Madden said Air Liquide was importing carbon dioxide as a short- term relief measure.

Do you think the CIDER company with get a CO2 credit for not releasing those gases at their plant?! Instead their drinkers will need to pay carbon tax on the cider since they are now the ones releasing it! :-P

Cap and trade is so not going to do anything (not that this story has anything to do with it)

That is just so wrong...importing CO2.

Found this over at:

Jim Kunstler (kunstler.com):

February 11, 2008
Burning Down the House

This new depression, which I call The Long Emergency, will play out against the background of a society that has pissed away its oil endowment, bulldozed its factories, arbitraged its productive labor, destroyed both family farms and the commercial infrastructure of main street, and trained its population to become overfed diabetic TV zombie "consumers" of other peoples' productivity, paid for by "money" they haven't earned.

I wouldn't mind these conditions so much except that the hard-working countries that replaced our productive labor and factories to keep our zombies happy are now equally trapped by our model and the money they lent us to keep things going. At least when Rome fell, the Goths weren't dragged down into the black hole with it.

WT: Great rant by Kunstler. It would be humorous if it wasn't so accurate. Interestingly, he didn't mention immigration. According to current trends, by 2050 the USA population will be 438 million with an Hispanic population of 127 million (this is without factoring in Mexico's oil production collapse) http://www.usatoday.com/news/nation/2008-02-11-population-study_N.htm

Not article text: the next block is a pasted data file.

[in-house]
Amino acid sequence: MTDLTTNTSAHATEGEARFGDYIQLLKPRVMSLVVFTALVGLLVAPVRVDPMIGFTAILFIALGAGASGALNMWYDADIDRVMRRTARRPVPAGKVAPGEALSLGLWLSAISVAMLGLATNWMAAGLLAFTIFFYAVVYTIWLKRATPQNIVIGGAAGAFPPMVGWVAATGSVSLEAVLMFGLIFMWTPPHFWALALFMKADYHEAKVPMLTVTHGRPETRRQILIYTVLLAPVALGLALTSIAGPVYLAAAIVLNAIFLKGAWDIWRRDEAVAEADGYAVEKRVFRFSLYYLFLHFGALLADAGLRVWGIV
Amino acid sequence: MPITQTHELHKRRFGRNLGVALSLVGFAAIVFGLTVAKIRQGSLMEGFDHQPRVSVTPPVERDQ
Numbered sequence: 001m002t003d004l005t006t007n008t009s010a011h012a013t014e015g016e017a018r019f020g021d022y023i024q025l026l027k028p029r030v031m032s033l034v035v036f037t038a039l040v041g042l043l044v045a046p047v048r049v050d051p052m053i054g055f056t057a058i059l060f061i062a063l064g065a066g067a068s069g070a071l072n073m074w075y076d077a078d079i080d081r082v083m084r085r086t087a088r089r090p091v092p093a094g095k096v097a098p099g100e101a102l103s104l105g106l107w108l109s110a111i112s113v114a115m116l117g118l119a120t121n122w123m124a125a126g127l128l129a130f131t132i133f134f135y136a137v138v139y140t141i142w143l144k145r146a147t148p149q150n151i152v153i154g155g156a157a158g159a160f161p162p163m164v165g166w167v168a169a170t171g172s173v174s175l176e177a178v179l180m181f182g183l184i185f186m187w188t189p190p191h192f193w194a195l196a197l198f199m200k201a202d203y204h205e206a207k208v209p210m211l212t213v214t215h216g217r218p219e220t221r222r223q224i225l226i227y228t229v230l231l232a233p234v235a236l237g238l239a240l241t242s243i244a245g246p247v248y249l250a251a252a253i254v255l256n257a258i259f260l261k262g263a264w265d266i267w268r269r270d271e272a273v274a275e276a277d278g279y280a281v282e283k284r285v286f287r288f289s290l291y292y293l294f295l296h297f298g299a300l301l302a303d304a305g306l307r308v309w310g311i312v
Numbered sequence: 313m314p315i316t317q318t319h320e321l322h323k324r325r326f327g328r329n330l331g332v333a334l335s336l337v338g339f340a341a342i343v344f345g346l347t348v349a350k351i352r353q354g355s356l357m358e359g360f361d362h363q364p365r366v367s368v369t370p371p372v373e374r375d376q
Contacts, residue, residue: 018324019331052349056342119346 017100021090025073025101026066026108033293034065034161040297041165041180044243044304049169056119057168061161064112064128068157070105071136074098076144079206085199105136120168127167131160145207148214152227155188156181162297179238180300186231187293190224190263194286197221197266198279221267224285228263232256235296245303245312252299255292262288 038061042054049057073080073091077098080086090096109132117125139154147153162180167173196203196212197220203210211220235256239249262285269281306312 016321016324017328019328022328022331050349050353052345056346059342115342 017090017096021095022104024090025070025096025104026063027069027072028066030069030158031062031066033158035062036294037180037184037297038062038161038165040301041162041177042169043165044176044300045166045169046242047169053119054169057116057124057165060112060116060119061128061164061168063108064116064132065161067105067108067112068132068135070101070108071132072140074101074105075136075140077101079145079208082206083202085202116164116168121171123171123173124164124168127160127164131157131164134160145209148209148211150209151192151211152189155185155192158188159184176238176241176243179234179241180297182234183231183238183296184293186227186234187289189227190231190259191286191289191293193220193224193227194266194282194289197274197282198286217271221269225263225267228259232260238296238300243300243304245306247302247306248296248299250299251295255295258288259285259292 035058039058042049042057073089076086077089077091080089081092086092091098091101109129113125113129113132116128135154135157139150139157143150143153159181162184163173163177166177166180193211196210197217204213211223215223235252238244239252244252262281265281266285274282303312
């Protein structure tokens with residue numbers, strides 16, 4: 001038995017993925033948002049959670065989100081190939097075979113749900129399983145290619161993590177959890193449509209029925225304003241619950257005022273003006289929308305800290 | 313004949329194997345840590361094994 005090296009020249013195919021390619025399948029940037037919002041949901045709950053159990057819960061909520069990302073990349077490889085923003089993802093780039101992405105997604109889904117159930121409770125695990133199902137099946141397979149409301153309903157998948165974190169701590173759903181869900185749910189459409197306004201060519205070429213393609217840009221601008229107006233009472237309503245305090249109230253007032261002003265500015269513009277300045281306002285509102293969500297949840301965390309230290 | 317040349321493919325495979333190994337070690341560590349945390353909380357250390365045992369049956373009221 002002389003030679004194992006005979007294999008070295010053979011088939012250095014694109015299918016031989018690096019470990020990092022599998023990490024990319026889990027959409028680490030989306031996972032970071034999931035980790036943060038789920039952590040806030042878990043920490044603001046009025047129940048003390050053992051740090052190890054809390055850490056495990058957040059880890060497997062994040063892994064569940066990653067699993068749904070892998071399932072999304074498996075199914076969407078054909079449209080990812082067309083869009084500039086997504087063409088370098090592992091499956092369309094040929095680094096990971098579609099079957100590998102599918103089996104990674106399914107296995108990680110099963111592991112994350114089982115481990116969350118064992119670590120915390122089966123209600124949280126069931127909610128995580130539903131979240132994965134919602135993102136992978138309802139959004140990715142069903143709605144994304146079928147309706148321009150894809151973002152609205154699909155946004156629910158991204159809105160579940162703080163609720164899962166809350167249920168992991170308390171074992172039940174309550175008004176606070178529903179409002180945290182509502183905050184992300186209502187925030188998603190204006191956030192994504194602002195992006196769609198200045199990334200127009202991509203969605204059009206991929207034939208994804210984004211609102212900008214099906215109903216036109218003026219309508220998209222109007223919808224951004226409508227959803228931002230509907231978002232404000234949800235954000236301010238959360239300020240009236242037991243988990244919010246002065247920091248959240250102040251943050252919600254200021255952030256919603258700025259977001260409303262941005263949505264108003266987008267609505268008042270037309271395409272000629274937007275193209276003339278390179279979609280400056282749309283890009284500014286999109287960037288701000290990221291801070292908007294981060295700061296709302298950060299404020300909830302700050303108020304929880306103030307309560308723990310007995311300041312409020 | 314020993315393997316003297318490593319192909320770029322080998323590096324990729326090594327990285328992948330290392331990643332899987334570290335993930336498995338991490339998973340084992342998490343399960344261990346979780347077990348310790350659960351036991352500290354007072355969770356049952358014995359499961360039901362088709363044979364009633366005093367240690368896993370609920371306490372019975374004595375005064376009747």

Today in the Debt Rattle at The Automatic Earth:

Robert Shiller not on the Great Depression. Not.

Yale Economics professor Robert Shiller, whose S&P/Case-Shiller House Index is one of the prime barometers for the US economy, tries to reassure the public that we will not dive into another Great Depression, by constantly talking about.. the Great Depression. No, it won’t get that bad, well, the housing bust will be as bad, or actually much worse, since we come from far higher peaks, but we have Bernanke, and he should be able to avoid us going into a next Great Depression, so, no, no way, we won’t go into a Great Depression. That is, unless we make mistakes. We come away from this interview wondering what exactly Shiller is trying to convey.

Great Depression, no way. Sure, the housing and investment bubble is worse now than then, but no way. Who said anything about a Depression? No, not me. Surely not me.

Jet lag must be affecting the brain cells.

Methinks Mr. Shiller doth protest too much.

Must... ignore... elephant... in room...


Is this the kind of drivel that passes for education at Yale and other institutions of higher learning these days? Kinda cheapens those expensive degrees a bit, don't it? WTF ever happened to critical thinking skills?

I think I'm finally going to bite the bullet and apply for a loan to invest in a PV system. Here in Florida a large part will be subsidized. Any advice, and does anyone know a good place to get wholesale panels, or should I just get them from the local installer?

thinking about investing a little in a long dated (2010-2012) option on oil. Can anyone recommend a good place to do so?
Thanks in advance.

You should start your research with a phone call or email to the Florida Solar Center, which is one of the best solar centers in the country. Forget the oil options and just double the size of your PV system!


Best of luck!